thought, but in reality examining one another with mutual distrust,
each striving to gather something of the other's thoughts.

M. Daburon had augured better results from this meeting, which he had
been awaiting ever since the count's arrival. He had expected that
this abrupt presentation would bring about an intensely pathetic
scene, which would not give his two witnesses time for reflection. The
count would open his arms: Noel would throw himself into them; and
this reconciliation would only await the sanction of the tribunals, to
be complete.

The coldness of the one, the embarrassment of the other, disconcerted
his plans. He therefore thought it necessary to intervene.

"Count," said he reproachfully, "remember that it was only a few
minutes ago that you admitted that M. Gerdy was your legitimate son."

M. de Commarin made no reply; to judge from his lack of emotion, he
could not have heard.

So Noel, summoning all his courage, ventured to speak first,--" Sir,"
he stammered, "I entertain no--"

"You may call me father," interrupted the haughty old man, in a tone
which was by no means affectionate. Then addressing the magistrate he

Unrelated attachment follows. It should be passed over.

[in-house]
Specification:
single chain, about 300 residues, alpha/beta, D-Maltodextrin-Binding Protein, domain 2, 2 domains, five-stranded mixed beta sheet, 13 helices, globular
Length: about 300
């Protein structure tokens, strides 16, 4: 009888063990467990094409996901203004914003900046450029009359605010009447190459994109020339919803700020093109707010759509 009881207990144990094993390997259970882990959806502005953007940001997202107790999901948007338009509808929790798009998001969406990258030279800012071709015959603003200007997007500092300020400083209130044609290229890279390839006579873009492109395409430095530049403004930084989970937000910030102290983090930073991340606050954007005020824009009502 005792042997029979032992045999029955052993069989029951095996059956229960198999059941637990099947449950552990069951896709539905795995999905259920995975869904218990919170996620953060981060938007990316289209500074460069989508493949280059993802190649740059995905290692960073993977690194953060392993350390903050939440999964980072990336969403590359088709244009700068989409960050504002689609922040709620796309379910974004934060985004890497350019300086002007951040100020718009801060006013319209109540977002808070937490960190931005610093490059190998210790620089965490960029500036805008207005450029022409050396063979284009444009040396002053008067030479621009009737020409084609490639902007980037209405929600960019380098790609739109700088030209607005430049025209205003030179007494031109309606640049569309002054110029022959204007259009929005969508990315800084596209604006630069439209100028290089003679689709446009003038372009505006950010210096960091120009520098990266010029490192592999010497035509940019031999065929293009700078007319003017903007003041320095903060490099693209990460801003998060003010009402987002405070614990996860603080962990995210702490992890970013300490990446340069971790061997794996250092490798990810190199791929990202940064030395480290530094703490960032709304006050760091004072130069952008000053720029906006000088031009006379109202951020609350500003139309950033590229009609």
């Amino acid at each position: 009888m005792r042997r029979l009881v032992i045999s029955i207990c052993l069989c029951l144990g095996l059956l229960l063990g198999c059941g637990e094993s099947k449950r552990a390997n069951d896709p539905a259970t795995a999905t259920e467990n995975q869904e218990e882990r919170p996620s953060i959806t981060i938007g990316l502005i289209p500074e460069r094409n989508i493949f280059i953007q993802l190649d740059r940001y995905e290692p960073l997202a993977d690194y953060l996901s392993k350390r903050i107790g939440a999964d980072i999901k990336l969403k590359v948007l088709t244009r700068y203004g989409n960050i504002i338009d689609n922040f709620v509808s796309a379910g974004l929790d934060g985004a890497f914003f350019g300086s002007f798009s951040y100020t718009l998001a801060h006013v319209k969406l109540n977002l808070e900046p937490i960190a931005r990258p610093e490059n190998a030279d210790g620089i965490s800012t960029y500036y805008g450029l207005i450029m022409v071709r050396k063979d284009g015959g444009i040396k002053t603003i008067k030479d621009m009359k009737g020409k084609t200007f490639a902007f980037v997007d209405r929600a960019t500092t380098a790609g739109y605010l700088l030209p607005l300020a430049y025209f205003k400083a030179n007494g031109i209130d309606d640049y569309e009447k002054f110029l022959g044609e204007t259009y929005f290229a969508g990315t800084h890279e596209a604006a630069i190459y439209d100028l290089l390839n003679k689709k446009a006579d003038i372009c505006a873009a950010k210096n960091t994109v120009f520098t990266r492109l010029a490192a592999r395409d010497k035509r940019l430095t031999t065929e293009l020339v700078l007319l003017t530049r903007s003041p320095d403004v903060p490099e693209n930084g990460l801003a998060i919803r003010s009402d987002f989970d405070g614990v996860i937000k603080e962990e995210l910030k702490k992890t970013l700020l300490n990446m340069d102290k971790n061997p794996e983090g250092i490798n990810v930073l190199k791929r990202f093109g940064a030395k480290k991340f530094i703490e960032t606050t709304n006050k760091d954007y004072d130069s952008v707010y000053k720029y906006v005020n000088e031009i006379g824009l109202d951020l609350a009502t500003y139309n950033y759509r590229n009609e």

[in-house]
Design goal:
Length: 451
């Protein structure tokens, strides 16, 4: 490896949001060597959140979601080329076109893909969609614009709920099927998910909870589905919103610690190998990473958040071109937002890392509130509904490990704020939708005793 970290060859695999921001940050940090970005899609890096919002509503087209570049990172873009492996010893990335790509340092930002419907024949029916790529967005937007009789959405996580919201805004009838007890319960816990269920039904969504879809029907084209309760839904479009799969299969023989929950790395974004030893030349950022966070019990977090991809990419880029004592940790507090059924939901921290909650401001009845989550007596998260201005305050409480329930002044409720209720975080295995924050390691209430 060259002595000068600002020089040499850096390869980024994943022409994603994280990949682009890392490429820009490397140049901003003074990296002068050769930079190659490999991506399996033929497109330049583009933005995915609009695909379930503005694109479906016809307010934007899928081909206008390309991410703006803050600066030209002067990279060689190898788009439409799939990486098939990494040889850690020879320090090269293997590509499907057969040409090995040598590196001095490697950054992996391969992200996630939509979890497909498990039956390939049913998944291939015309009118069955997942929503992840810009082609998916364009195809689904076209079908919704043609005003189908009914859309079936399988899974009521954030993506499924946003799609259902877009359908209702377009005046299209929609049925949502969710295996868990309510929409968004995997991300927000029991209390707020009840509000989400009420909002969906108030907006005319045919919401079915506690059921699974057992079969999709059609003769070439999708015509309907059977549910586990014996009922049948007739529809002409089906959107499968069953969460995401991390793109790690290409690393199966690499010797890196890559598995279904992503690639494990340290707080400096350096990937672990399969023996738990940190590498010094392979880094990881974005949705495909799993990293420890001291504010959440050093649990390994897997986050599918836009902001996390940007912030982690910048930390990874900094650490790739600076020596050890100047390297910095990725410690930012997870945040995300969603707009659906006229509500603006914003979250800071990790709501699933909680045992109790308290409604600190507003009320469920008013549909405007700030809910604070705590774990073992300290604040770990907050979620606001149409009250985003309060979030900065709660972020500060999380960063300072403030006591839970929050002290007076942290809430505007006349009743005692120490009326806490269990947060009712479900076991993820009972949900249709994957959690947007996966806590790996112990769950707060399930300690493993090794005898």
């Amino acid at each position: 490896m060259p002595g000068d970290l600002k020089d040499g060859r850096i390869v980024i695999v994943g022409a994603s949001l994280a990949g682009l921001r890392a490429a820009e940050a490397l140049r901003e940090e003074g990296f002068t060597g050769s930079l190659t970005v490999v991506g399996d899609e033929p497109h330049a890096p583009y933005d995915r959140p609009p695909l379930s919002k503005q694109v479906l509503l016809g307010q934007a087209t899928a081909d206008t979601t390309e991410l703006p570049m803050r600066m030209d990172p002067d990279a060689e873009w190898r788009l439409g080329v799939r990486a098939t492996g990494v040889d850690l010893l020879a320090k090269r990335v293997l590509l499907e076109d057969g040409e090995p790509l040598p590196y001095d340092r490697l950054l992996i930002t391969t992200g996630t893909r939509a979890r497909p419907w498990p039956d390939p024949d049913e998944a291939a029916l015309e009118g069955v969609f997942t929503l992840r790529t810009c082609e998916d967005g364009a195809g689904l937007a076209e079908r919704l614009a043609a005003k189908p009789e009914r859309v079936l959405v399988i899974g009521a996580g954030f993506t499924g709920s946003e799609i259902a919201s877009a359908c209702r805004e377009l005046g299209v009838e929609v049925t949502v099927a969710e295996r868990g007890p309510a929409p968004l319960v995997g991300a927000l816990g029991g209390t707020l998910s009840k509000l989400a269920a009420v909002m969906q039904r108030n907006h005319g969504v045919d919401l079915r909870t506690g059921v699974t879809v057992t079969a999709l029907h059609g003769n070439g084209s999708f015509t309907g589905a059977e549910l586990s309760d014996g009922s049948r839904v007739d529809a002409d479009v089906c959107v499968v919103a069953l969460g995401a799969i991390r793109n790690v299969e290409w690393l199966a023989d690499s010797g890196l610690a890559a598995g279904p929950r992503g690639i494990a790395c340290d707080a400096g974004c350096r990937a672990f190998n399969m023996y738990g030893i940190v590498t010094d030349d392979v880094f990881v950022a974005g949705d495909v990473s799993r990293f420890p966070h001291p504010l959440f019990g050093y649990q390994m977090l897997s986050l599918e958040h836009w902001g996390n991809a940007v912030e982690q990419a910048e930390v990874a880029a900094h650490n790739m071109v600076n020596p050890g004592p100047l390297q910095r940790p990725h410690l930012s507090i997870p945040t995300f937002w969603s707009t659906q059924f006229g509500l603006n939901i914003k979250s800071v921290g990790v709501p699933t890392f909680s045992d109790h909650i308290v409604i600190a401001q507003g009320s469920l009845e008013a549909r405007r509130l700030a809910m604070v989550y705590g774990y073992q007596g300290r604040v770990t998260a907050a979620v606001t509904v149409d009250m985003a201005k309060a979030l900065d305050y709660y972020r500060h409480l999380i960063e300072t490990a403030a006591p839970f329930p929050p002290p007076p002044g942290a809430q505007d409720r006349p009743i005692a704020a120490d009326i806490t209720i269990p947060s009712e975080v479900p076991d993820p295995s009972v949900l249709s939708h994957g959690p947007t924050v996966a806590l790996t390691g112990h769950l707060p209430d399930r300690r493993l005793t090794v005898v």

said: "Can I be of any further use to you, sir?"

"Only to hear your evidence read over," replied M. Daburon, "and to
sign it if you find everything correct. You can proceed, Constant," he

The tall clerk turned half round on his chair and commenced. He had a
peculiar way of jabbering over what he had scrawled. He read very
quickly, all at a stretch, without paying the least attention to
either full stops or commas, questions or replies; but went on reading
as long as his breath lasted. When he could go on no longer, he took a
breath, and then continued as before. Unconsciously, he reminded one
of a diver, who every now and then raises his head above water,
obtains a supply of air, and disappears again. Noel was the only one
to listen attentively to the reading, which to unpractised ears was
unintelligible. It apprised him of many things which it was important
for him to know. At last Constant pronounced the words, "In testimony
whereof," etc., which end all official reports in France.

He handed the pen to the count, who signed without hesitation. The old
nobleman then turned towards Noel.

"I am not very strong," he said; "you must therefore, my son,"
emphasizing the word, "help your father to his carriage."

The young advocate advanced eagerly. His face brightened, as he passed
the count's arm through his own. When they were gone, M. Daburon could
not resist a impulse of curiosity. He hastened to the door, which he
opened slightly; and, keeping his body in the background that he might
not himself be seen, he looked out into the passage. The count and
Noel had not yet reached the end. They were going slowly. The count
seemed to drag heavily and painfully along; the advocate took short
steps, bending slightly towards his father; and all his movements were
marked with the greatest solicitude. The magistrate remained watching